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Amnesty International Report 1998 - Belize

Publisher Amnesty International
Publication Date 1 January 1998
Cite as Amnesty International, Amnesty International Report 1998 - Belize, 1 January 1998, available at: [accessed 15 December 2017]
DisclaimerThis is not a UNHCR publication. UNHCR is not responsible for, nor does it necessarily endorse, its content. Any views expressed are solely those of the author or publisher and do not necessarily reflect those of UNHCR, the United Nations or its Member States.
(This report covers the period January-December 1997)

A 16-year-old girl was allegedly raped and at least one man was ill-treated by police. A prison officer shot and injured a death-row prisoner in disputed circumstances. Two new death sentence were passed and seven men sentenced in previous years remained under sentence of death. One death-row prisoner was acquitted at a retrial. No executions were carried out.

In November two police officers were suspended pending investigation after they allegedly raped a 16-year-old girl in Punta Gorda police station.

At least one man was subjected to ill-treatment by police. On 4 September convicted prisoner John Joy Hernandez was repeatedly flogged by a police officer while another held him down, after he had been recaptured following an escape attempt. One police officer was suspended from duty pending an investigation into the incident.

Prison conditions at Hattieville Rehabilitation Centre fell far short of the UN Standard Minimum Rules for the Treatment of Prisoners. A constitutional appeal on behalf of three death-row inmates – Pasqual Bull, Herman Mejía and Nicolás Antonio Guevara – arguing that such conditions constituted inhuman or degrading treatment or punishment and violated the Constitution, was still pending before the Supreme Court of Belize (see Amnesty International Report 1997). A similar appeal to the Supreme Court on behalf of Adolph Harris, and a petition by Wilfred Lauriano (see Amnesty International Report 1997) for leave to file a constitutional appeal to the Judicial Committee of the Privy Council (jcpc) in the United Kingdom, the final court of appeal for Belize, were adjourned pending the outcome of the joint appeal.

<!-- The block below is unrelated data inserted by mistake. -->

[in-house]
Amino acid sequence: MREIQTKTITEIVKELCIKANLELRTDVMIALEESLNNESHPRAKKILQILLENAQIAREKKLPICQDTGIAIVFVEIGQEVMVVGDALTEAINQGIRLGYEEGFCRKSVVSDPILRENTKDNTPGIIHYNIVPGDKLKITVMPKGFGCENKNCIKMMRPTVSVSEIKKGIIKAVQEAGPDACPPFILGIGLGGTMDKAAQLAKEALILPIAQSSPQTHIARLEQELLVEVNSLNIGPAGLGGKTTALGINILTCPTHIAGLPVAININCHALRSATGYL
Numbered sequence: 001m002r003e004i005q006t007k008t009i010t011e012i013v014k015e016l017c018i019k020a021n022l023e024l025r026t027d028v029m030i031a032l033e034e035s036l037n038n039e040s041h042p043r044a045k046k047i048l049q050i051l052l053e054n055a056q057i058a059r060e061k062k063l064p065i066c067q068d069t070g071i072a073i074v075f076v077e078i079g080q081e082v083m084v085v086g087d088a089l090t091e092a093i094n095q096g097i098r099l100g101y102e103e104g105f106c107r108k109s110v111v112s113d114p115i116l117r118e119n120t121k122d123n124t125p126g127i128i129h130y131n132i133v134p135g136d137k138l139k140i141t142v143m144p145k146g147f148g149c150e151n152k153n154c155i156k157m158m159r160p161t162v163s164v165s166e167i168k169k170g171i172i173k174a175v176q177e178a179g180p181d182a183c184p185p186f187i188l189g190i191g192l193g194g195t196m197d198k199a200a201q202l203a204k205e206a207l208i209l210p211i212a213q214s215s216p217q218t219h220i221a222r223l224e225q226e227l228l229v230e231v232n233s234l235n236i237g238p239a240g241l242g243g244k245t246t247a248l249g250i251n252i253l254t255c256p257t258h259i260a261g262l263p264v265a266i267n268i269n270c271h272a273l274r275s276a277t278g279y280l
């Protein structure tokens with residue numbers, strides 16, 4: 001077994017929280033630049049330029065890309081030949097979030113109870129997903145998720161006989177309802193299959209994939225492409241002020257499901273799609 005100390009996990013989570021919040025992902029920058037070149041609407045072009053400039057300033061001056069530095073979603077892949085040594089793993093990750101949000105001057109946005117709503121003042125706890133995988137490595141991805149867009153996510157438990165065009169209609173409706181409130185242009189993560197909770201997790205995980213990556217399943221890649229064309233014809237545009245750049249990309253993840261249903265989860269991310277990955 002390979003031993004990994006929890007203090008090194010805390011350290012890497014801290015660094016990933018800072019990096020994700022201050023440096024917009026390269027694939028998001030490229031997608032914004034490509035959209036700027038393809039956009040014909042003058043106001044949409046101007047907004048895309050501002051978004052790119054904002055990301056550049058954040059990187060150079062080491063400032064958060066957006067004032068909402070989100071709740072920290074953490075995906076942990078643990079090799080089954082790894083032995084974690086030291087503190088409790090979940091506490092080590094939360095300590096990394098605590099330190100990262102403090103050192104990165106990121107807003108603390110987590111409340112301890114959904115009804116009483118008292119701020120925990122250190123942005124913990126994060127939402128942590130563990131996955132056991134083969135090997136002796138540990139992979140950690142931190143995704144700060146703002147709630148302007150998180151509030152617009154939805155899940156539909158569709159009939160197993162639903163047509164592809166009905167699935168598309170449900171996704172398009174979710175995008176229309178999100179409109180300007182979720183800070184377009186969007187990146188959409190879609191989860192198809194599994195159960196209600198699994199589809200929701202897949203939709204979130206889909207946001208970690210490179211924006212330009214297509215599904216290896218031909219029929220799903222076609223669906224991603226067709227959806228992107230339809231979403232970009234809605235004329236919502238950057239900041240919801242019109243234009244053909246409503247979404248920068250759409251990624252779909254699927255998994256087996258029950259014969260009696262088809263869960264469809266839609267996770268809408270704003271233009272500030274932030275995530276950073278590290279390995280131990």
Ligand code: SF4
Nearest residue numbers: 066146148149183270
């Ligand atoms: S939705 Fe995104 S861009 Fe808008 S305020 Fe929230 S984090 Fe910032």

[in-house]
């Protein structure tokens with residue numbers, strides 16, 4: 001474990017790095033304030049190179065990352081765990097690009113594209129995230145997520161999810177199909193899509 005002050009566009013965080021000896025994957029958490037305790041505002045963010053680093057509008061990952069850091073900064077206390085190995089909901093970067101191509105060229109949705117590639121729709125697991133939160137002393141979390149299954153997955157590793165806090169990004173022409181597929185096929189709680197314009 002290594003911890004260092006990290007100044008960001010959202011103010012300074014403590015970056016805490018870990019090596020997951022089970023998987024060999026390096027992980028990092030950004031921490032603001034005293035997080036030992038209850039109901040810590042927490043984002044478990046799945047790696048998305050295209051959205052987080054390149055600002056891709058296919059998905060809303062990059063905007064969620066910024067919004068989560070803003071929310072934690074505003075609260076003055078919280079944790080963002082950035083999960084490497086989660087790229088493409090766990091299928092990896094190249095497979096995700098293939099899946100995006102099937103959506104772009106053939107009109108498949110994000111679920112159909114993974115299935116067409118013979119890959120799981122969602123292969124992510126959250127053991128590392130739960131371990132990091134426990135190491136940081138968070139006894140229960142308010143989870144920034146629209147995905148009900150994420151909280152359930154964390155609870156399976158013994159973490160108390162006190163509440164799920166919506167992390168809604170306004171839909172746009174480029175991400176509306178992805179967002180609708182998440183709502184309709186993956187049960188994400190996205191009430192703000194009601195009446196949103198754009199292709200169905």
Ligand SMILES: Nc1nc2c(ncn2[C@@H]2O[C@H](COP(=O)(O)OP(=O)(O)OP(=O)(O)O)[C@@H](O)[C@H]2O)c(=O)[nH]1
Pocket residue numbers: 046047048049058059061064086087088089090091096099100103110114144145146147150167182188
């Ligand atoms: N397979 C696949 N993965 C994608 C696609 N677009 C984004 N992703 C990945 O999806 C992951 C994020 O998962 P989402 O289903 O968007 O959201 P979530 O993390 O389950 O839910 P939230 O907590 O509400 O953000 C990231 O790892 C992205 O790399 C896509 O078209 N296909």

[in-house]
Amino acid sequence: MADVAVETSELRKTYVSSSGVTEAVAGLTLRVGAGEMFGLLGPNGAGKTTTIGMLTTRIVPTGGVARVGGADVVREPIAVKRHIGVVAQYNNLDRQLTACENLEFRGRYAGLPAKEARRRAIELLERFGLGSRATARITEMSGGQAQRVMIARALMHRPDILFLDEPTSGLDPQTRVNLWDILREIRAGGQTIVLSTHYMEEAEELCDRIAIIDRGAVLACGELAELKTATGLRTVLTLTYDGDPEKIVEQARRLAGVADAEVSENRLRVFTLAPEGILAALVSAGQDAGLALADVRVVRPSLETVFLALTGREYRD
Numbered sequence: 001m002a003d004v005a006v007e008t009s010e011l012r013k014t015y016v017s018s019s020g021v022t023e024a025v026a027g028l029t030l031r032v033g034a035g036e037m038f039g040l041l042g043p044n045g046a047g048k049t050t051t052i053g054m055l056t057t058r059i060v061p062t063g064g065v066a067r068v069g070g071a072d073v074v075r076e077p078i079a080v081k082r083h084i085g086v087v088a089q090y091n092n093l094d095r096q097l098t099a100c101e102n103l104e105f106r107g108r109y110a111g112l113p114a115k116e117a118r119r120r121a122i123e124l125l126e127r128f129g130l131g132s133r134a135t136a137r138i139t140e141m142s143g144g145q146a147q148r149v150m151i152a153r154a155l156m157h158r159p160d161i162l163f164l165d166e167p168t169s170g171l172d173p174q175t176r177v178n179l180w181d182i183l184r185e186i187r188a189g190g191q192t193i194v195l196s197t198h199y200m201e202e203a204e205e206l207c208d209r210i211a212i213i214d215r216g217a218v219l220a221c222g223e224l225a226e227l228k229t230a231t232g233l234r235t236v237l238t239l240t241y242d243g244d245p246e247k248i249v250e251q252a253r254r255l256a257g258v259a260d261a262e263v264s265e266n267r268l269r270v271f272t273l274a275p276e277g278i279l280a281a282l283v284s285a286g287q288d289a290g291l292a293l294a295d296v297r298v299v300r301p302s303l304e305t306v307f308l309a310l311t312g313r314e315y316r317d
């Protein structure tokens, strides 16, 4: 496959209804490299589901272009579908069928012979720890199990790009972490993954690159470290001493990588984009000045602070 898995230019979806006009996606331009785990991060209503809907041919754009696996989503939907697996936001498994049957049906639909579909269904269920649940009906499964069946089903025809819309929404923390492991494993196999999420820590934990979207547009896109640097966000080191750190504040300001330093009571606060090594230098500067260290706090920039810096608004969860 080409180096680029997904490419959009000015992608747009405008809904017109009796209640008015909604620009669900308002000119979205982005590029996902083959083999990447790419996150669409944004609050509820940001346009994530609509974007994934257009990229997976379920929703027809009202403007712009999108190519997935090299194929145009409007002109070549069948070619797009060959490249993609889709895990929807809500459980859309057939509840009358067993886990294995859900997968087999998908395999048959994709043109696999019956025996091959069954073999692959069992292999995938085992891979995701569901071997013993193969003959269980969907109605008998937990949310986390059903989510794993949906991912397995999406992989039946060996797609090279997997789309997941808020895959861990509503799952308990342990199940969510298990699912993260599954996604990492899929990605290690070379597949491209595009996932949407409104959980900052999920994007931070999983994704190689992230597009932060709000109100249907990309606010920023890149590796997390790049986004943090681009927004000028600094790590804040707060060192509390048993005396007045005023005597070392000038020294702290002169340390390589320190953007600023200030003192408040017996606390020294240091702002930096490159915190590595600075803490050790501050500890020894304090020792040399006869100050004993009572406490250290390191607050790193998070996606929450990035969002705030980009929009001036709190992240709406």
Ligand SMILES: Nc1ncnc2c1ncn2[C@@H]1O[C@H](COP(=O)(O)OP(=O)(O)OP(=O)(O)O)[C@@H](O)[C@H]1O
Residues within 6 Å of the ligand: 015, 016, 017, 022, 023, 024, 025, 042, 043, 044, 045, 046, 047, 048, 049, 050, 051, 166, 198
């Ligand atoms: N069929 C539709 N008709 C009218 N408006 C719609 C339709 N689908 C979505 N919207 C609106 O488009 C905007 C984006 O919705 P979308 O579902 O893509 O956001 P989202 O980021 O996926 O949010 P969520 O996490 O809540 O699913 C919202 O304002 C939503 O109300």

In August Wilfred Lauriano was shot in the back by a prison guard at the Hattieville Rehabilitation Centre. According to an official report, he had been attempting to escape with two other death-row inmates, Adolph Harris and Cleon Smith. However, Wilfred Lauriano stated that the shooting occurred as they approached the office of a senior prison officer to ask why they had been denied recreation periods for several days. When they disobeyed an order by an officer to turn back, the officer reportedly fired at both Adolph Harris and Wilfred Lauriano. A bullet hit Wilfred Lauriano, penetrating his lower back, and had to be surgically removed. The prisoners claimed it was obvious that they were not trying to escape as they were walking, not running, and were in their underwear. By the end of the year, no official investigation was believed to have taken place. Subsequent reports indicated that Wilfred Lauriano was returned to prison from hospital against the advice of doctors and that the medical care he received in the prison was deficient.

Two new death sentences were passed, both for murder. Cleon Smith was sentenced to death in April, and Norman Shaw in November. Both had appeals pending before the Belize Court of Appeal.

Seven men sentenced to death in previous years remained on death row. Apart from the constitutional appeals already mentioned, final appeals were pending before the jcpc on behalf of Dean Tillett (see Amnesty International Report 1997), whose appeal to the Belize Court of Appeal was dismissed in February; and Pasqual Bull and Marco Tulio Ibañez, who had both been granted leave to appeal to the jcpc in 1996 (see previous Amnesty International Reports).

In June Rupert Burke, convicted of murder in 1995 and sentenced to death, was acquitted at a retrial. In February the Belize Court of Appeal had found that the first trial had been prejudiced because the defendant's lawyer had given evidence in his client's defence. At the retrial the lawyer (no longer representing Rupert Burke) again testified that his client had been beaten by police to make him confess.

Amnesty International called on the authorities to investigate the beating of John Joy Hernandez and to bring those responsible to justice. It also urged the government to submit its second report to the UN Committee against Torture, which was due in 1992.



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